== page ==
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for kids and wine lovers

No trip to the Cape is complete without a visit to the Winelands. We saved ours for the last day of our South Africa stay – a fitting send-off for what has quickly become one of our favorite places in the world.

The challenge (if challenge is, indeed, the right word) is that there are so many wineries around Stellenbosch, Paarl, and Somerset West — all less than an hour’s drive from Cape Town — that choosing where to go can become a mind-numbing exercise. S solicited recommendations from friends and did a fair amount of Internet research, and the AirBnB where we stayed had a list of the owners’ forty favorite vineyards.

Had we been without the kids, we probably would have done the hop-on/hop-off Winelands bus. With the kids, however, we simply picked a handful of the more interesting-sounding vineyards and hoped they would fit the bill. We’ve already talked about how kid-friendly South Africa is, and the vineyards in the Winelands are no exception. They all make a point of providing entertainment for their younger guests in order to ensure that adult visitors can relax and enjoy their wines properly.

Because there are so many vineyards, many of them turn to gimmicks to distinguish themselves. Fairview, for example, where we stopped for a late lunch on our drive from the Karoo into Cape Town, bills itself as a combination vineyard and goat farm. Goats roam the estate’s green pastures, and a tower with a winding stair for the goats to use occupies prime real estate in front of the restaurant. We chose this winery for what we rightly anticipated would be an excellent selection of goat cheese. Oh, and the wine was pretty good too. Another vineyard, which did not acquit itself nearly as well, touted its thousand-strong army of runner ducks, which are employed for pest control.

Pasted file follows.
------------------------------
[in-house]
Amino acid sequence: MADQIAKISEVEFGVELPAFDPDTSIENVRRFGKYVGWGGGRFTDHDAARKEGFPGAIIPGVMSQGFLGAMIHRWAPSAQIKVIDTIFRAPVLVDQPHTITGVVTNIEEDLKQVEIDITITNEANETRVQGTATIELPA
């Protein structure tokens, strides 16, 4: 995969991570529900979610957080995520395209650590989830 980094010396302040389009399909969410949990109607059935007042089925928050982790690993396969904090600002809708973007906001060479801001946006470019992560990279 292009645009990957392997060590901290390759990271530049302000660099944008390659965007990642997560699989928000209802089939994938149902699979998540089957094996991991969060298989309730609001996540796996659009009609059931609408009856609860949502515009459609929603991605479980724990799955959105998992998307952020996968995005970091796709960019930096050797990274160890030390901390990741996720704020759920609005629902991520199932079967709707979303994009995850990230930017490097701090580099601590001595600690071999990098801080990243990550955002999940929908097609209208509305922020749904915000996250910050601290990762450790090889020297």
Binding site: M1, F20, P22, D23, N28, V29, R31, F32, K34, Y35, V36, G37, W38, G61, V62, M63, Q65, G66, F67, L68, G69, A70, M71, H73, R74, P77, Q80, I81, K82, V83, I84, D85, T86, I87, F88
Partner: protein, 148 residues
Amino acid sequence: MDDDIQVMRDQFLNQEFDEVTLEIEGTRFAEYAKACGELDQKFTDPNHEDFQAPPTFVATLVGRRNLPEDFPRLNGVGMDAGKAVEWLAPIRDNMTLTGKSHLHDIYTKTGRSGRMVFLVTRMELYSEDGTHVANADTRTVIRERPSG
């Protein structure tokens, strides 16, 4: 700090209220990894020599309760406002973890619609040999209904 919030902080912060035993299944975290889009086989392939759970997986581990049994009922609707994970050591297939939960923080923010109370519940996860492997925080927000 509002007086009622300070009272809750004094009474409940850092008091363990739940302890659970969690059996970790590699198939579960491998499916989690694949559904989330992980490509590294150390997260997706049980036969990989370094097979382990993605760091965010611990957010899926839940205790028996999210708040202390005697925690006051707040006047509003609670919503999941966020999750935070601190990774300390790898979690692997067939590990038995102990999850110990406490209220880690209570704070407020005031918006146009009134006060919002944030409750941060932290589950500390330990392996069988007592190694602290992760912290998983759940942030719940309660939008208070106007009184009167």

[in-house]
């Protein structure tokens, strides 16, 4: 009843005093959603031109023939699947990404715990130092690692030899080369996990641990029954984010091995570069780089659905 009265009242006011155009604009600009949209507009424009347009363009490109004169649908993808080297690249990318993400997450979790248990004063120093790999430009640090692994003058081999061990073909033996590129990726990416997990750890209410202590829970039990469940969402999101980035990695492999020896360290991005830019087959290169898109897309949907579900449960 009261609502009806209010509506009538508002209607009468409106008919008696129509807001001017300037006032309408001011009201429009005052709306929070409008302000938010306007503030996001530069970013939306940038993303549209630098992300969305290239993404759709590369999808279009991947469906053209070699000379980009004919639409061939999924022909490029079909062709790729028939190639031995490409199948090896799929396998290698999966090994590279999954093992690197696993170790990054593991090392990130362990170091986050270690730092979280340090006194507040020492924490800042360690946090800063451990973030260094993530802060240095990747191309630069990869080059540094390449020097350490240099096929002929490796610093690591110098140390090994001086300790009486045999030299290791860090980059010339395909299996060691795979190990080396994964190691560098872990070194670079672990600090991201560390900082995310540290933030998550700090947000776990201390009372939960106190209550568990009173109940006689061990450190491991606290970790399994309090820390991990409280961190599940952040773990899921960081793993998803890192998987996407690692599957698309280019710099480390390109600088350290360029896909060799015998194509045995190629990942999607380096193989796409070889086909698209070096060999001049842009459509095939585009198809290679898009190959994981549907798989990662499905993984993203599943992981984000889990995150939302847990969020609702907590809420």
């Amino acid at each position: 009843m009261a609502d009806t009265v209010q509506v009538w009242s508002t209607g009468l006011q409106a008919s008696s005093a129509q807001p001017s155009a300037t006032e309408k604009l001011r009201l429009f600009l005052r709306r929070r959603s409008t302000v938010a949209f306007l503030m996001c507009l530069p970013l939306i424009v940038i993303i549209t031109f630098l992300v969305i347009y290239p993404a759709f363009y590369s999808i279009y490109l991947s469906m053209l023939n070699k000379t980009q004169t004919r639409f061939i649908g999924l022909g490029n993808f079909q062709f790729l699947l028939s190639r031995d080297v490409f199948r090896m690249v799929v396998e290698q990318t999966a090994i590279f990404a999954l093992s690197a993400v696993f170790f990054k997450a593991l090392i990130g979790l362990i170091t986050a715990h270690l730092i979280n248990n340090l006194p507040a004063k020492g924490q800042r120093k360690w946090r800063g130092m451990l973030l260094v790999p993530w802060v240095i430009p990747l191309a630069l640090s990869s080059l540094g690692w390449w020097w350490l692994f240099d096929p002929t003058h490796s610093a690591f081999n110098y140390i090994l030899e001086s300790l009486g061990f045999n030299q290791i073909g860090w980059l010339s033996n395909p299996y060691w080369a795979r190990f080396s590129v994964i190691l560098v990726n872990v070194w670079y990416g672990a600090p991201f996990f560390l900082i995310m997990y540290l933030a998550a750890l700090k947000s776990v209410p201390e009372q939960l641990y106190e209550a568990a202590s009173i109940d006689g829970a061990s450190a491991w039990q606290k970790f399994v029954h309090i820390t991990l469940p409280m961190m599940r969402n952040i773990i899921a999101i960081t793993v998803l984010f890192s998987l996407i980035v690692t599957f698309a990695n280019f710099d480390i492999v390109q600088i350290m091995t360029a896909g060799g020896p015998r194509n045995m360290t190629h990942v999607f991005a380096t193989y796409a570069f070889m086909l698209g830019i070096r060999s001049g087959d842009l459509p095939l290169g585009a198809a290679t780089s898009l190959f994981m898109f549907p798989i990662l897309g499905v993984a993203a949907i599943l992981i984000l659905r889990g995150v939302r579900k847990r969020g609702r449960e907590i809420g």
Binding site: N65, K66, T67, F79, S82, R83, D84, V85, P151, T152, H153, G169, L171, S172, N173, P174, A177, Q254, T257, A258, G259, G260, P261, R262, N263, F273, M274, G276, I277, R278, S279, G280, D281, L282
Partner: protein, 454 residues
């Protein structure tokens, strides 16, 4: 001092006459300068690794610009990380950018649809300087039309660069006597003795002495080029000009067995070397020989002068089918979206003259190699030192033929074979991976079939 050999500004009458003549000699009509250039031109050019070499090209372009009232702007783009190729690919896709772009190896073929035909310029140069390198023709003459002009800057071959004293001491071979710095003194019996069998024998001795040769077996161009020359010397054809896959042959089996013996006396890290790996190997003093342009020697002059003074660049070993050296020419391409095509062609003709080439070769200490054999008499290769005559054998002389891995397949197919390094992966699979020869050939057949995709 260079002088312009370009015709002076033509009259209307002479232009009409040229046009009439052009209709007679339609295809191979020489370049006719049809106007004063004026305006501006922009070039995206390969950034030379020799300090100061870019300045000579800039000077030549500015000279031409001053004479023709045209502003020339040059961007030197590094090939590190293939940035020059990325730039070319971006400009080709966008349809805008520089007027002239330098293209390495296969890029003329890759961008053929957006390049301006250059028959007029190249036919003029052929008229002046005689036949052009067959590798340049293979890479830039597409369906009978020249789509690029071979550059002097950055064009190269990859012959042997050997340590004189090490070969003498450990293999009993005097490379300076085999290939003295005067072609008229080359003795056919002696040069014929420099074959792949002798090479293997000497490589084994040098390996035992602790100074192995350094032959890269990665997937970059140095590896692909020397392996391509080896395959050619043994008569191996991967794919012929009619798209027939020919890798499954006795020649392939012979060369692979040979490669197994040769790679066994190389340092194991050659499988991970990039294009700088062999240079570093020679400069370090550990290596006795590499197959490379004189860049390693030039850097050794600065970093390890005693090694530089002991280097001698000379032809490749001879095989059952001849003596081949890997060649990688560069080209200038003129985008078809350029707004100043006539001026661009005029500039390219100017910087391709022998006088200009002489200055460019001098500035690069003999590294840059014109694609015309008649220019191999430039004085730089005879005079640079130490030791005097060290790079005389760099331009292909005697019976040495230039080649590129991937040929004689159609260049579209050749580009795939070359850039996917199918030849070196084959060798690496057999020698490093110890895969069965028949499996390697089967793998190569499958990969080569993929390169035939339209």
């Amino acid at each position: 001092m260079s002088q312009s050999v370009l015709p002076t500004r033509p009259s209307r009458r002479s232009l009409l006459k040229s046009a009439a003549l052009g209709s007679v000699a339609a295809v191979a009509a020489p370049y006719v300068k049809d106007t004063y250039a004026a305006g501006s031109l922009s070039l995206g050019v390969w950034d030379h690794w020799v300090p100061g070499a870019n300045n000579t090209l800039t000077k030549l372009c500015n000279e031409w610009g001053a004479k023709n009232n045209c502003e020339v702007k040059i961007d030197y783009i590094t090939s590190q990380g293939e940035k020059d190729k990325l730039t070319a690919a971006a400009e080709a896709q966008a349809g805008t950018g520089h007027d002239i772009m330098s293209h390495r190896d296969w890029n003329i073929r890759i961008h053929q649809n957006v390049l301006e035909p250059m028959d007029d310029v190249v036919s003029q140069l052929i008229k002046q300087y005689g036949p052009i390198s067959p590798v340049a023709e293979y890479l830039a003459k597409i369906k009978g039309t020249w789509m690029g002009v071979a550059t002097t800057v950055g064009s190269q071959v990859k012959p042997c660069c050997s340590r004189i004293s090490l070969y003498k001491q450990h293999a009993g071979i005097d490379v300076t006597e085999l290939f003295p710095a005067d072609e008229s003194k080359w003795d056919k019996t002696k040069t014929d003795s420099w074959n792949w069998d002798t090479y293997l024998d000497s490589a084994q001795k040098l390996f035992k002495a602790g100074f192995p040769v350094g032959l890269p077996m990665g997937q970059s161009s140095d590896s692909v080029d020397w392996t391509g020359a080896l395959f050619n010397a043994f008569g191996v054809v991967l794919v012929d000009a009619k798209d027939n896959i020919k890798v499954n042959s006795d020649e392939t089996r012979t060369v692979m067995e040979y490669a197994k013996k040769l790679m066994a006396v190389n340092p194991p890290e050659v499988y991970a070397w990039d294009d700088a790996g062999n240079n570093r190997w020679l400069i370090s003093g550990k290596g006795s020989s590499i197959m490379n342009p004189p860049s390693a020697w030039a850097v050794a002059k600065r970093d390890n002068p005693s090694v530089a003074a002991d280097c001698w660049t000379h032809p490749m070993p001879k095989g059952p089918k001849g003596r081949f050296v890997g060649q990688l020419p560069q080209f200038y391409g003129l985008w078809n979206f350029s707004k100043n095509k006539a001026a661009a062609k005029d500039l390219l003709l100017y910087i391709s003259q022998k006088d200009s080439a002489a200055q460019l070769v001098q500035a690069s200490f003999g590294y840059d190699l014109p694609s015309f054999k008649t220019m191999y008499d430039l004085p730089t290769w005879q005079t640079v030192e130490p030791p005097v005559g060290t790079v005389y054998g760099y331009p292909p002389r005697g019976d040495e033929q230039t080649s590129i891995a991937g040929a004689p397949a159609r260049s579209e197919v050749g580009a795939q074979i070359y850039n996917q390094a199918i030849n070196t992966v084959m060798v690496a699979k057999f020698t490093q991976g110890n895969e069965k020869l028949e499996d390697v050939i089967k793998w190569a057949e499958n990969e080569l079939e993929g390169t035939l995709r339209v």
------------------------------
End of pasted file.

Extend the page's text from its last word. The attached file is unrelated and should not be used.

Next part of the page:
We spent a good amount of time at Spier – a massive estate that touts its farm-to-table food, boasts a spa and a combination brewery/BBQ restaurant, and offers an “eagle adventure.” We did not bother with most of the frills. The food was good and the wine too, and D kept Munchkin and half a dozen other kids entertained by pushing them on a massive swing, which reached some 12-15 feet off the ground at the top of its arc. To D’s great disappointment, however, the brewery and BBQ restaurant had almost none of the food or drink items that featured prominently on its menu, leading us to seek another vineyard for dinner.

Because we had not made dinner reservations anywhere and had the misfortune of visiting the Winelands on a weekend during the high tourist season, we initially got the runaround. We called at two wineries that turned us away because they were booked solid – a worrying development considering the late hour and our son’s propensity for hangry tantrums. The third time proved the charm and we wound up dining at the unbelievably scenic Lourenford Wine Estate – a fortuitous development because this ended up being our favorite vineyard.


2 Comments Post a comment
  1. oh sounds like you enjoyed yourselves. what a lovely post.

    March 9, 2018
    • Thanks Kelly! You’d have to try to NOT enjoy yourself in SA.

      March 9, 2018

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